So on this special day, let’s be thankful for every part of our past, of who we are. Let’s recognize every emotion that we feel and every event that has transpired – in our personal lives and in our collective history – as a signpost that, if we are only willing to slow down from our busy lives enough to read, will help each of us to find the right path forward, and will help us to come together and find our right path as a collective whole.

You can do your part: Think about what has transpired in your life over the past year. Which moments brought you the most happiness? Smile to them with gratitude. Now think about the moments in which you were the most uncomfortable – the moments that brought you pain, and in so doing compelled you to do something differently, to grow. Smile to them also with gratitude.

Now think about what makes you feel the happiest that has taken place outside of your home – in your community, the nation or the world at large. Then reflect on what makes you feel the most uncomfortable in the way certain ethnic or cultural groups are being treated, or the way we are treating the environment. Whatever makes you feel uncomfortable and ashamed, love that feeling within you: it is the seed of change. Cultivate it as you do your happiness.

Shakespeare once wrote: “There is no such thing as good or bad; our thinking makes it so.” Smile to every part of you, and every part of our history, with no trace of judgment whatsoever. Embrace with gratitude the joy and the learning that show up at your doorstep every day. This will bring forth an unconditional love within you that will spill out into every area of your life, causing you to bring joy into the lives of others and to live on purpose.

That is a lot to be thankful for. Happy Thanksgiving.


Anthony Silard is the president of The Global Leadership Institute and the author of the Simon & Schuster book The Connection: Link Your Passion, Purpose, and Actions to Make a Difference in the World. To receive Smile, It's Monday each week in your inbox and a free copy of Anthony's new audio CD, "The Surprising Source of Your Passion", enter your email here (1-step only).

Saturday, October 10, 2009

Leadership Webinar Opportunity at All-Time Low Cost

The challenges of leading in a difficult economy are not easy: boosting flagging employee morale amidst expense reductions and layoffs, maintaining the current budget, considering new business development opportunities with less access to capital, and keeping a semblance of work-life balance when the pressures to work late and keep the company afloat are that much greater.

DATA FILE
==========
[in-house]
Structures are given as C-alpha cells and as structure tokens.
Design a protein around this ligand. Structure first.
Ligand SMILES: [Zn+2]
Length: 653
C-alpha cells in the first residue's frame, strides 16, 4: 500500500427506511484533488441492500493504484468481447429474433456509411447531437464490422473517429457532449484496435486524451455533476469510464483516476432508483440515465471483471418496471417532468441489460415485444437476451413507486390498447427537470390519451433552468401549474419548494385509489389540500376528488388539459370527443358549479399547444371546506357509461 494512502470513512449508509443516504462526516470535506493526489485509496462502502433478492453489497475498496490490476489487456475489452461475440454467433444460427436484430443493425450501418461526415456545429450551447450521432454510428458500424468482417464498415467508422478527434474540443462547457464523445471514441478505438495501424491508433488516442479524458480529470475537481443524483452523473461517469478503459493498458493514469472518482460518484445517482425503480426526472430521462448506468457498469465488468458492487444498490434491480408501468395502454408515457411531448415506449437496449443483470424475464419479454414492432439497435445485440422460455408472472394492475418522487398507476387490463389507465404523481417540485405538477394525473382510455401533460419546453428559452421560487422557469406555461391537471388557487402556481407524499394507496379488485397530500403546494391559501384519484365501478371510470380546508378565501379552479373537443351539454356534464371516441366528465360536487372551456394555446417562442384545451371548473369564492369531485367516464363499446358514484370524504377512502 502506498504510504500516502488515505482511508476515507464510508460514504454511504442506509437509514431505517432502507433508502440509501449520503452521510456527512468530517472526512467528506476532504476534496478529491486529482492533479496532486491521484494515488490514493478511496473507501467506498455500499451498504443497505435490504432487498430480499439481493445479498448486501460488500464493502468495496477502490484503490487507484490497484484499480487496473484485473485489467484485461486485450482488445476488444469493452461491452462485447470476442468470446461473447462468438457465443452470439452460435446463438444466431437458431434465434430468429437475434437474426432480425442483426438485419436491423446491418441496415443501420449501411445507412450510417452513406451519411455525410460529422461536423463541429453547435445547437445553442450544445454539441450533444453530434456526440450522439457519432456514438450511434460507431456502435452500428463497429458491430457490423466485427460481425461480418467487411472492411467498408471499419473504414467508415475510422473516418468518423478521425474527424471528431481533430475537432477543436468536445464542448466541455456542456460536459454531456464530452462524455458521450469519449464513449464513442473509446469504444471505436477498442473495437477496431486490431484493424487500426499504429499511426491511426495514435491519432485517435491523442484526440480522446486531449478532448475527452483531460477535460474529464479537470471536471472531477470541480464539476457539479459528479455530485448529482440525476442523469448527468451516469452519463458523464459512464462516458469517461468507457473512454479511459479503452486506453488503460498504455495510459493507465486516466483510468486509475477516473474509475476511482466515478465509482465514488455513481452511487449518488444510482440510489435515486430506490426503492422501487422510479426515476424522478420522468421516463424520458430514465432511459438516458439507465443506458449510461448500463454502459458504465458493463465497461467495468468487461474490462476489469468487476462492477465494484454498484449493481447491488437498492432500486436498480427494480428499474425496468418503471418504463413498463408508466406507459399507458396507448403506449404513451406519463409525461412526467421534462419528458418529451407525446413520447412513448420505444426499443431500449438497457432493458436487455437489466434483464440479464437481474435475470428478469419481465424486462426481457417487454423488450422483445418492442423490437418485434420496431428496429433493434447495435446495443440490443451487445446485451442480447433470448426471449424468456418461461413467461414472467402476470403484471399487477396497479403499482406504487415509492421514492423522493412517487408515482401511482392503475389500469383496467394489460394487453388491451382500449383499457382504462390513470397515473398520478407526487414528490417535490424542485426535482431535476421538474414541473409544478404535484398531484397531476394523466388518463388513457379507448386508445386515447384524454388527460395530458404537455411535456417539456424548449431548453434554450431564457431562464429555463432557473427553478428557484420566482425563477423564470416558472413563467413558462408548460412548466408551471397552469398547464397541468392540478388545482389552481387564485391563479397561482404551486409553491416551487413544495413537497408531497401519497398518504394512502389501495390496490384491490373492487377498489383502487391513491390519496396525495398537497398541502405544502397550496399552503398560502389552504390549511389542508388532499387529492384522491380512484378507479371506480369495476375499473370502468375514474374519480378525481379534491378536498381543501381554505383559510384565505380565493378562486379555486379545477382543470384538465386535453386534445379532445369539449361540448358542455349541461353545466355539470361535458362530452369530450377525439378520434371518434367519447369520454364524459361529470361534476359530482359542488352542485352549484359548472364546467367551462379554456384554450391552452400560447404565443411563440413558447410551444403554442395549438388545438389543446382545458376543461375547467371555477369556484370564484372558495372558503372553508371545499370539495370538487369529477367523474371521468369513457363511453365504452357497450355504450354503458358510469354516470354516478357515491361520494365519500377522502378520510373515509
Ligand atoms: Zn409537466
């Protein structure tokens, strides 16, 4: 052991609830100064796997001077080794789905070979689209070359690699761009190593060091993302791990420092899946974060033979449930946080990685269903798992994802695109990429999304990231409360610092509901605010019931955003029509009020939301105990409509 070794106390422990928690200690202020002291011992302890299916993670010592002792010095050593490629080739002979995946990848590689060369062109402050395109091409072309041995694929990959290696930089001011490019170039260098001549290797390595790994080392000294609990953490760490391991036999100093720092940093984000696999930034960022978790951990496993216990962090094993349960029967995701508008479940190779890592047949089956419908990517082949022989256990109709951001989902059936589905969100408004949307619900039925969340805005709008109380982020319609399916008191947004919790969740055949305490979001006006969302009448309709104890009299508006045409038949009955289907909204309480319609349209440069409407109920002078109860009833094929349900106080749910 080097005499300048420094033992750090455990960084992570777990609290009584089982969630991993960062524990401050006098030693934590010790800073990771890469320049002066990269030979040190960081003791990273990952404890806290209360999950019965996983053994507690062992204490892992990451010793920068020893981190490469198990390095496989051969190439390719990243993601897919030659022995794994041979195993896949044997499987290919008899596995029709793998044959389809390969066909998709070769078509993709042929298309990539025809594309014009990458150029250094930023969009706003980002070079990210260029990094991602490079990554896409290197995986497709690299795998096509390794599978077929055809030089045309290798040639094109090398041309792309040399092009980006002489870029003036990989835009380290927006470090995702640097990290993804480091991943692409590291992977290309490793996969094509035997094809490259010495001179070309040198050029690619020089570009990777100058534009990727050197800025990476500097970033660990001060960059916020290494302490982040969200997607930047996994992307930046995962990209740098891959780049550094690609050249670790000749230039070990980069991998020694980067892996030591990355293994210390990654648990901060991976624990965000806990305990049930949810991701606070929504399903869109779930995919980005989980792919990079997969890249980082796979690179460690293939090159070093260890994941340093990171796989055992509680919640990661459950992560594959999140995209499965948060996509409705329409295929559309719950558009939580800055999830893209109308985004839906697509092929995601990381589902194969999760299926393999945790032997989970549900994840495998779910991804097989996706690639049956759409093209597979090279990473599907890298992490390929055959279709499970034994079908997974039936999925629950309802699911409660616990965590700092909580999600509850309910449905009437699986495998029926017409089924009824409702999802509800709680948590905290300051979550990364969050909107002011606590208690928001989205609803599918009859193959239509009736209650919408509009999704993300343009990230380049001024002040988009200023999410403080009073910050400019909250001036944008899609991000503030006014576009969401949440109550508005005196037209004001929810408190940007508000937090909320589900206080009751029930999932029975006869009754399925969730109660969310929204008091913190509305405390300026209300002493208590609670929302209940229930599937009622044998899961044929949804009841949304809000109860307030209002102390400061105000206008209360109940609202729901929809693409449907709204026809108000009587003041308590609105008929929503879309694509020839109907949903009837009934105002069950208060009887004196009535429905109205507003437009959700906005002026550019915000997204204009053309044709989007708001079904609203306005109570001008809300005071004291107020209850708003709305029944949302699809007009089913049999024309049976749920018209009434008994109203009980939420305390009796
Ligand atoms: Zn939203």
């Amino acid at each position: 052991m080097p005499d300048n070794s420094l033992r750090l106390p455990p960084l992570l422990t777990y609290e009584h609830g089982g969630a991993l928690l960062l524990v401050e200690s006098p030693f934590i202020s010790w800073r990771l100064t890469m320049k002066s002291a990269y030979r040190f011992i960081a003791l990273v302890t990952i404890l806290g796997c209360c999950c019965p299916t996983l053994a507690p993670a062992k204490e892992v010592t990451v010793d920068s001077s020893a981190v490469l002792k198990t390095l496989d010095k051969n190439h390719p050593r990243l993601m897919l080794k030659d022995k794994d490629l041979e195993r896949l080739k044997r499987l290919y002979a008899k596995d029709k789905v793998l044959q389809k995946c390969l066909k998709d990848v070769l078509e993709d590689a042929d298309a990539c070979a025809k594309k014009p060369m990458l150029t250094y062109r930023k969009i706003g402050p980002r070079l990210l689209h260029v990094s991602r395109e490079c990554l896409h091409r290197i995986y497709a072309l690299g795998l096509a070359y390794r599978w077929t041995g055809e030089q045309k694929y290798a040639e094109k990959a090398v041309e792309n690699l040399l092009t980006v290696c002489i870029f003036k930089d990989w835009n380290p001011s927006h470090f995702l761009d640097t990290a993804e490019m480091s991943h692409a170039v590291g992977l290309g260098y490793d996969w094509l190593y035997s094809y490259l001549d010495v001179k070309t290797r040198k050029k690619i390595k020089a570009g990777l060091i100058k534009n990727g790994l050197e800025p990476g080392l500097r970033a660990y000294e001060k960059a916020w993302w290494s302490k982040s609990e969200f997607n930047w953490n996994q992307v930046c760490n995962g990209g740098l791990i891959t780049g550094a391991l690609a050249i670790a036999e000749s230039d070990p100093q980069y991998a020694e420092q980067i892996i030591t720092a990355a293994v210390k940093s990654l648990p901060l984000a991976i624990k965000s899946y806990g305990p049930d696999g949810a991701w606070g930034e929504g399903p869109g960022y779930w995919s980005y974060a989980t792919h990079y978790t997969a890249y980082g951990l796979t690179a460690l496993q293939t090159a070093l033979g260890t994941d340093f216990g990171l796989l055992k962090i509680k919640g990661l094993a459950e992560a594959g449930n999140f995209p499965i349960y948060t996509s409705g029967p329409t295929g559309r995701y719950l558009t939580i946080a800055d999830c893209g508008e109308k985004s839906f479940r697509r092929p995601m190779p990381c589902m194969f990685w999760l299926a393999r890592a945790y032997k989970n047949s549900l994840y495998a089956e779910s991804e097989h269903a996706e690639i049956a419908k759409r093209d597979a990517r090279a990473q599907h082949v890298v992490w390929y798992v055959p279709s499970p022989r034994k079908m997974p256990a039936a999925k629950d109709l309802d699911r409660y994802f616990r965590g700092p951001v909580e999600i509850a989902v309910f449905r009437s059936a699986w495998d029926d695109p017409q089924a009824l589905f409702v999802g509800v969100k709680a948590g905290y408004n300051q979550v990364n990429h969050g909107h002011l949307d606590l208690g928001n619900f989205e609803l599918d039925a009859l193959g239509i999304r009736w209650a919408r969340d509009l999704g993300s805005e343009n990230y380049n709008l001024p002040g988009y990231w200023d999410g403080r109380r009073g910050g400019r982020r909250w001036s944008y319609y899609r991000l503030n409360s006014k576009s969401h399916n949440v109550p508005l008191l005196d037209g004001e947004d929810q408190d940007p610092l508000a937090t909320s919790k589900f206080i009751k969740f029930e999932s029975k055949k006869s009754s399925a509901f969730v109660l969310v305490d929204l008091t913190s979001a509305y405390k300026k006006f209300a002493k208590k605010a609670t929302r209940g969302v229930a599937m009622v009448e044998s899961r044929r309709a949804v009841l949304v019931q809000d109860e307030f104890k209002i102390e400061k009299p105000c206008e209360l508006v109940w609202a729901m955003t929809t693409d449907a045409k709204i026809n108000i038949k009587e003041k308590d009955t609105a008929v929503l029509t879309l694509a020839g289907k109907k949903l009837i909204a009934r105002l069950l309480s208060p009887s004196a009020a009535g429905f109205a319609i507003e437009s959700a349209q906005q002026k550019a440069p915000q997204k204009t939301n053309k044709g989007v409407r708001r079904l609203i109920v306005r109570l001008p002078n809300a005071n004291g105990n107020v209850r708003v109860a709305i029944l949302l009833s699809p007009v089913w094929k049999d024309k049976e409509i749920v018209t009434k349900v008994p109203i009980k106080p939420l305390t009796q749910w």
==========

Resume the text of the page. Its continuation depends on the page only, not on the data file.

The Executive Leadership Institute recognizes the need of the executives we coach for a low-cost professional development opportunity that allows them to refine their leadership skills, step off stage and onto the balcony to learn some new leadership strategies (and consider how they are leading while on stage) without breaking the bank. Here is our response: a cutting-edge Leadership Webinar Series offered at an all-time low cost:

Leadership Webinar Series

There will be three webinars in this series. All sessions will take place on Wednesdays from 2 - 3 pm EST (New York time). Anyone from any time zone/country with high-speed internet can participate. The dates and session topics are as follows (Click on any session topic for a description):

Date: Wednesday, November 11, 2009
Session Topic: The Characteristics of an Effective Leader

Date: Wednesday, November 18, 2009
Session Topic: Leading in Challenging Economic Times

Date: Wednesday, December 2, 2009
Session Topic: The Flexible Leader* (Managing People: How to Find the Right Balance Between Flexibility and Control)

*Includes chapter on Flexibility from Anthony Silard's upcoming book on leadership, Your Control Center: Discover the Ultimate Driver of Enduring Success.

The cost: $35 per session or $85 for the 3-webinar series.

Click here to learn more about this unique low-cost leadership training opportunity.

Thursday, October 1, 2009

'Entourage' and the American Dream

About two years ago, my sister turned me on to the HBO series ‘Entourage,’ and I became a quick fan. At first, I thought it held my attention because it was a male version of ‘Sex and the City’: it was entertaining to see Hollywood from the inside and watch a likeable guy from Queens try to make his way in tinseltown. After watching more episodes, I realized a much deeper message was holding my attention.